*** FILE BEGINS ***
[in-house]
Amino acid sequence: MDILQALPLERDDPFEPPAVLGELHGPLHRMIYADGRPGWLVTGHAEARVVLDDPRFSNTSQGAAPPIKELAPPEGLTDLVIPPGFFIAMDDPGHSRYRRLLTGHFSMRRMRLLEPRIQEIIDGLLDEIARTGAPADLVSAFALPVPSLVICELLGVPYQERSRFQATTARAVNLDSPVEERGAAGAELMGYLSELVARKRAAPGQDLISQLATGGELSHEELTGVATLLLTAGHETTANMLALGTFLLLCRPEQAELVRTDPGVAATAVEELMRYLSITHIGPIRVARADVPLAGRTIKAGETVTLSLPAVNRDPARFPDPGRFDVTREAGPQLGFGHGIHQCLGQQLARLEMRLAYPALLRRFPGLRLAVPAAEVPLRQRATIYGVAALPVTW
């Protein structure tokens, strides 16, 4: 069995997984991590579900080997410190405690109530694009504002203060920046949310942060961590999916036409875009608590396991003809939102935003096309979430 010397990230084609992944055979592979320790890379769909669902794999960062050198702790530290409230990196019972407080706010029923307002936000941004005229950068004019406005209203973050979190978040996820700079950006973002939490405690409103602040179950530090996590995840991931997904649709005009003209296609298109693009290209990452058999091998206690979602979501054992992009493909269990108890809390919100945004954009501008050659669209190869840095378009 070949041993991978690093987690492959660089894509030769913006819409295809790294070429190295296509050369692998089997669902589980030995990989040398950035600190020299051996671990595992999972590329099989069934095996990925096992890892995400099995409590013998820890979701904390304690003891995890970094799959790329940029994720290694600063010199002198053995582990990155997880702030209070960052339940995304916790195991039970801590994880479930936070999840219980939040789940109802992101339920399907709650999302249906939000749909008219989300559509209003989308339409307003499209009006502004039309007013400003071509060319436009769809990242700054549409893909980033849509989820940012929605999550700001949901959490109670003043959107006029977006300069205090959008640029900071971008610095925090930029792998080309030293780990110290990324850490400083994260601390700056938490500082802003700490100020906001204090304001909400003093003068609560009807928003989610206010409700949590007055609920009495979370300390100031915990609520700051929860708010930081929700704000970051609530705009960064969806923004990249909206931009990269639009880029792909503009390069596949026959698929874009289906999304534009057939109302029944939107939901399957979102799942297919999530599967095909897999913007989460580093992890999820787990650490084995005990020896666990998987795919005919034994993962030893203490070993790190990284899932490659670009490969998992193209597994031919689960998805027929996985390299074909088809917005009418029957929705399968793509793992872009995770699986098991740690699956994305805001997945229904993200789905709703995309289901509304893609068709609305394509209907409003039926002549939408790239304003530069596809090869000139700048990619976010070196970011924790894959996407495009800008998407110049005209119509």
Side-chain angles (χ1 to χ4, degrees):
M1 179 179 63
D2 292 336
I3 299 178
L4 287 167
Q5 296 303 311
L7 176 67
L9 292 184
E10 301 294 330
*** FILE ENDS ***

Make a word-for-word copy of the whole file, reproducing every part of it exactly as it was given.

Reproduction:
[in-house]
Amino acid sequence: MDILQALPLERDDPFEPPAVLGELHGPLHRMIYADGRPGWLVTGHAEARVVLDDPRFSNTSQGAAPPIKELAPPEGLTDLVIPPGFFIAMDDPGHSRYRRLLTGHFSMRRMRLLEPRIQEIIDGLLDEIARTGAPADLVSAFALPVPSLVICELLGVPYQERSRFQATTARAVNLDSPVEERGAAGAELMGYLSELVARKRAAPGQDLISQLATGGELSHEELTGVATLLLTAGHETTANMLALGTFLLLCRPEQAELVRTDPGVAATAVEELMRYLSITHIGPIRVARADVPLAGRTIKAGETVTLSLPAVNRDPARFPDPGRFDVTREAGPQLGFGHGIHQCLGQQLARLEMRLAYPALLRRFPGLRLAVPAAEVPLRQRATIYGVAALPVTW
């Protein structure tokens, strides 16, 4: 069995997984991590579900080997410190405690109530694009504002203060920046949310942060961590999916036409875009608590396991003809939102935003096309979430 010397990230084609992944055979592979320790890379769909669902794999960062050198702790530290409230990196019972407080706010029923307002936000941004005229950068004019406005209203973050979190978040996820700079950006973002939490405690409103602040179950530090996590995840991931997904649709005009003209296609298109693009290209990452058999091998206690979602979501054992992009493909269990108890809390919100945004954009501008050659669209190869840095378009 070949041993991978690093987690492959660089894509030769913006819409295809790294070429190295296509050369692998089997669902589980030995990989040398950035600190020299051996671990595992999972590329099989069934095996990925096992890892995400099995409590013998820890979701904390304690003891995890970094799959790329940029994720290694600063010199002198053995582990990155997880702030209070960052339940995304916790195991039970801590994880479930936070999840219980939040789940109802992101339920399907709650999302249906939000749909008219989300559509209003989308339409307003499209009006502004039309007013400003071509060319436009769809990242700054549409893909980033849509989820940012929605999550700001949901959490109670003043959107006029977006300069205090959008640029900071971008610095925090930029792998080309030293780990110290990324850490400083994260601390700056938490500082802003700490100020906001204090304001909400003093003068609560009807928003989610206010409700949590007055609920009495979370300390100031915990609520700051929860708010930081929700704000970051609530705009960064969806923004990249909206931009990269639009880029792909503009390069596949026959698929874009289906999304534009057939109302029944939107939901399957979102799942297919999530599967095909897999913007989460580093992890999820787990650490084995005990020896666990998987795919005919034994993962030893203490070993790190990284899932490659670009490969998992193209597994031919689960998805027929996985390299074909088809917005009418029957929705399968793509793992872009995770699986098991740690699956994305805001997945229904993200789905709703995309289901509304893609068709609305394509209907409003039926002549939408790239304003530069596809090869000139700048990619976010070196970011924790894959996407495009800008998407110049005209119509």
Side-chain angles (χ1 to χ4, degrees):
M1 179 179 63
D2 292 336
I3 299 178
L4 287 167
Q5 296 303 311
L7 176 67
L9 292 184
E10 301 294 330